I didn’t make any claim of consensus, for me "per talk" means "for reasons I presented on talk page". Also, I advise you to refrain from public stigmatization and try to keep a cool head. -- Vision Thing -- 09:10, 7 July 2006 (UTC)

Present intro excludes mainstream definition and includes following part: "Collectivism is often based on a view of human beings as "social animals", who need the companionship and support of others of their kind in order to survive and thrive. Collectivists oppose individualism and its focus on individual autonomy and will, arguing that it is impossible to free oneself from the influence of society without becoming a hermit. Collectivists believe that society shapes many aspects of an individual's personality, and that individualistic attempts to separate individuals from society and from each other can be psychologically or even physically harmful." which implies that individualist don’t believe that they need other people to survive and thrive, and that they want to separate from society. That’s simply wrong and biased. Because my attempts to make intro neutral are constantly reverted I’m putting POV tag on. -- Vision Thing -- 09:10, 7 July 2006 (UTC)

Pejorative, perhaps?

I was wondering if there are any individuals or groups that call themselves "collectivist" in the present day. I have certainly seen legions of self-proclaimed anti-collectivists, but no self-proclaimed collectivists. If the term is used exclusively (or overwhelmingly) by anti-collectivists, we should mark it as a pejorative. -- Nikodemos 18:46, 6 July 2006 (UTC)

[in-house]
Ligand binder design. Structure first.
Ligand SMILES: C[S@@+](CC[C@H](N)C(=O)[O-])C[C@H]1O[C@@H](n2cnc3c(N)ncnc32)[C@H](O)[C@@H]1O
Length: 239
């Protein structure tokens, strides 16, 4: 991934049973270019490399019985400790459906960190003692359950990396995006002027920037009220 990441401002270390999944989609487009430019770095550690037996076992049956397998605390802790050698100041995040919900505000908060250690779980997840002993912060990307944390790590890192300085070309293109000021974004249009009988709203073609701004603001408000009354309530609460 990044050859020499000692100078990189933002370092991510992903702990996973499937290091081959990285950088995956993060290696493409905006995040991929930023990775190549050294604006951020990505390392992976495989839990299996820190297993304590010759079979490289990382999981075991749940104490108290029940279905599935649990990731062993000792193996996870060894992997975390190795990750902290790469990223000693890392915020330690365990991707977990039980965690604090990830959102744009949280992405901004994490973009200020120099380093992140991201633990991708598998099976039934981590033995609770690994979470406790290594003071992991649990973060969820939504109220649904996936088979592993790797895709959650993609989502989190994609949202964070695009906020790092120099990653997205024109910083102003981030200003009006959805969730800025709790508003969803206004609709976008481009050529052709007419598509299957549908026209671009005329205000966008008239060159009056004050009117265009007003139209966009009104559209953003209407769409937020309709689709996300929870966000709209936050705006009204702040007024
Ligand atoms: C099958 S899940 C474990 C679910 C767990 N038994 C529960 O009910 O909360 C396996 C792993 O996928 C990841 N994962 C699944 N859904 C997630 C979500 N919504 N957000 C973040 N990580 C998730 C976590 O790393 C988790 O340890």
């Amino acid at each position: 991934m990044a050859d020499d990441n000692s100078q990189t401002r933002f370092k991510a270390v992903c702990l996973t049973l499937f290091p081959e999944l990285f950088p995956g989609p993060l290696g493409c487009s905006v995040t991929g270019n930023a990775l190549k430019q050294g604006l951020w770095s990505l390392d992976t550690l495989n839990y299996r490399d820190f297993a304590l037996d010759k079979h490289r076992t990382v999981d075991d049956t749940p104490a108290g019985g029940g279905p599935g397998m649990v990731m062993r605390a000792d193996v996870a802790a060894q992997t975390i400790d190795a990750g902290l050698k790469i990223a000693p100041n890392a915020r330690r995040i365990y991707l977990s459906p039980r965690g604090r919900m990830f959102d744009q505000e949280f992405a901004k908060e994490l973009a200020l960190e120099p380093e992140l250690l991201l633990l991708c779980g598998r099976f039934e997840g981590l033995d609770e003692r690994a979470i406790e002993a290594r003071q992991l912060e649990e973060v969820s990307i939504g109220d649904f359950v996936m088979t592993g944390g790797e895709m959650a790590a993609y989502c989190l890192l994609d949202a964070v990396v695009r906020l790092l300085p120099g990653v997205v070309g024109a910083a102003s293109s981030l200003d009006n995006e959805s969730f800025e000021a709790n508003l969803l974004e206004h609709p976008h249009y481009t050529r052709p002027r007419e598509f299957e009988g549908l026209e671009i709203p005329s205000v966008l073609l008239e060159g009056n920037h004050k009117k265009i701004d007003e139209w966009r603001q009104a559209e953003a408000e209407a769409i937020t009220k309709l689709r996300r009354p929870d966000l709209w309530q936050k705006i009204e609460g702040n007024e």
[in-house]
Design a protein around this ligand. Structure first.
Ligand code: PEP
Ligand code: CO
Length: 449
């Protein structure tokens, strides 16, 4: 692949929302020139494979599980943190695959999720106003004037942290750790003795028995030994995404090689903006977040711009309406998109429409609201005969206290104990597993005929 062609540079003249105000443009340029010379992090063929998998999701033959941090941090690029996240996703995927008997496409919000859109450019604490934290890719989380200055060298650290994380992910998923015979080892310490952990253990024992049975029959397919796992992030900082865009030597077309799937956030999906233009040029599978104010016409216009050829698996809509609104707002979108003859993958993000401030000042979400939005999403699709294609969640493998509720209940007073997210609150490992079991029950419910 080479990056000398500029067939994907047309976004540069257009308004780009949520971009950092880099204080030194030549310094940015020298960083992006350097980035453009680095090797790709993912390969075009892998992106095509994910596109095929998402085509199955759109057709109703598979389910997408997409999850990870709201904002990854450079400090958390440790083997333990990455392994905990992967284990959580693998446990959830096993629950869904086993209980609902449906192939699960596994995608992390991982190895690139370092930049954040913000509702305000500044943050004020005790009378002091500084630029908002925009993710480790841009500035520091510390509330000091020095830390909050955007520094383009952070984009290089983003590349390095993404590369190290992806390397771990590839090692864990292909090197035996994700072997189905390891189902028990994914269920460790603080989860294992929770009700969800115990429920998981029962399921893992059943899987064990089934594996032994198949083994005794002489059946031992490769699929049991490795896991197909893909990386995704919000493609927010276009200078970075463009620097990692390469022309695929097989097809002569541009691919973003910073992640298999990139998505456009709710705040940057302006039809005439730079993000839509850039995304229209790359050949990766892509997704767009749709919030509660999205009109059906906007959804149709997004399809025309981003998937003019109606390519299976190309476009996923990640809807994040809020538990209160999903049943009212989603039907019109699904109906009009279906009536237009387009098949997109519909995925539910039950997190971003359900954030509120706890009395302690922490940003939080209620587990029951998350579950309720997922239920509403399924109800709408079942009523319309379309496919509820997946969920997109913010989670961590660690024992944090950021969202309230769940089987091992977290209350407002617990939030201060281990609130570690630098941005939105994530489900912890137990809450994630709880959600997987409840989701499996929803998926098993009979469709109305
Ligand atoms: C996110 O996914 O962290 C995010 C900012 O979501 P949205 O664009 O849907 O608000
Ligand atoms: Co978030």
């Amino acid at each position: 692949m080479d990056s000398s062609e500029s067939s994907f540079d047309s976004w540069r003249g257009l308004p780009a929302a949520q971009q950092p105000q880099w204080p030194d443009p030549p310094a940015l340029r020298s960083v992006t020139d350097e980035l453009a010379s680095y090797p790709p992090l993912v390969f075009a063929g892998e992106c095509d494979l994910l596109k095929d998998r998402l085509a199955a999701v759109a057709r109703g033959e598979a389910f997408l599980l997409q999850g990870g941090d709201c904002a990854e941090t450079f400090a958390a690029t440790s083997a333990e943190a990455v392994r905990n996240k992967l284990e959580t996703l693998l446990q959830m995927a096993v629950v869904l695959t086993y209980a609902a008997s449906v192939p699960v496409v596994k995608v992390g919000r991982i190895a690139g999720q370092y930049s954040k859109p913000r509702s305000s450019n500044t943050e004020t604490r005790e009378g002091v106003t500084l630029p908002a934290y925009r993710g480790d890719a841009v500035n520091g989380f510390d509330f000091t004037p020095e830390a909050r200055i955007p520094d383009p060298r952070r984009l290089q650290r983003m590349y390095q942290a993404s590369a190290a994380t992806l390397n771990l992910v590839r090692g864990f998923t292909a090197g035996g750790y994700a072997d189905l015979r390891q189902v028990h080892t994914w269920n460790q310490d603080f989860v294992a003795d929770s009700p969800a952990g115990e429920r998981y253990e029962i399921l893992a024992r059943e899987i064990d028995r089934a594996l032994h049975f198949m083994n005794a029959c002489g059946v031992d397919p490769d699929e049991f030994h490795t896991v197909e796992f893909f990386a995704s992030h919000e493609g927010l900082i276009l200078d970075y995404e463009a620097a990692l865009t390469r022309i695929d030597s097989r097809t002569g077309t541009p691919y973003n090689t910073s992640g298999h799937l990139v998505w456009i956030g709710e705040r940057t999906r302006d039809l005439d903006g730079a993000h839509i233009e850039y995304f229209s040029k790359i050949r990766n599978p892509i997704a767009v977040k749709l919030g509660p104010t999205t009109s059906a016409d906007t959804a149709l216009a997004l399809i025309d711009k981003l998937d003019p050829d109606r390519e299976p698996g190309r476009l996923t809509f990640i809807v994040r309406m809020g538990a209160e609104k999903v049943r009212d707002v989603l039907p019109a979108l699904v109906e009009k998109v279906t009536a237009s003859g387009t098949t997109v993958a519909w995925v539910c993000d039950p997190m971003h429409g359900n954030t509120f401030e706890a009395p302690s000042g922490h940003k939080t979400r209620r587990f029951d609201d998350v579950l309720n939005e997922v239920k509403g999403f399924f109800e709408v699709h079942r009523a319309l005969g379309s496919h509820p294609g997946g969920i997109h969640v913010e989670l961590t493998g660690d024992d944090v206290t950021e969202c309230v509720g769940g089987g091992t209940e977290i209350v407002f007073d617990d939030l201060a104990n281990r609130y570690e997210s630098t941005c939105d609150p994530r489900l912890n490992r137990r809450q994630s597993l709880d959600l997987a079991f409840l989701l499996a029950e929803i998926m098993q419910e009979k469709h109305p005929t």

Here's a link to a "defense of collectivism" --Christofurio 13:22, 7 July 2006 (UTC)
I was wondering about the BE reference. Where does it state that being subordinate to a social collectivity such as a state, a nation, a race, or a social class, is inherently pejorative? Intangible 01:55, 23 July 2006 (UTC)
In China, I read here, individualism is a pejorative notion. Who would have thought. Intangible 01:59, 23 July 2006 (UTC)
Right-wingers asking if the term collectivism is "perjorative" is a hoot! Gotta love it.--Cberlet 01:59, 23 July 2006 (UTC)
"Right-wingers" are actually pretty gentle there in the US, they even call socialists "liberals" there, or actually, maybe this is some form of sinistrisme on part of the American "left," who knows... Intangible 02:07, 23 July 2006 (UTC)
It is not a pejorative anymore than individualism is a pejorative to collectivists or communists. TheIndividualist 02:04, 23 July 2006 (UTC)
I love the smell of surrealism in cyberspace!--Cberlet 02:18, 23 July 2006 (UTC)

Other than the article provided above by Christofurio, I have never seen any piece of writing that supports something called "collectivism". It seems that the term "collectivism" is used overwhelmingly by those people who oppose what they see as "collectivism". -- Nikodemos 14:28, 26 July 2006 (UTC)

Or by anthropologists who are distinguishing between individualist and collectivist attributes of a culture. But I certainly can't imagine there being any self-identified "collectivists" who would describe their ideal society as one in which people are subordinate to the will of the collective, just like you wouldn't find that many individualists describing their ideal society as one in which society doesn't exist at all and everyone is on their own. Sarge Baldy 18:49, 26 July 2006 (UTC)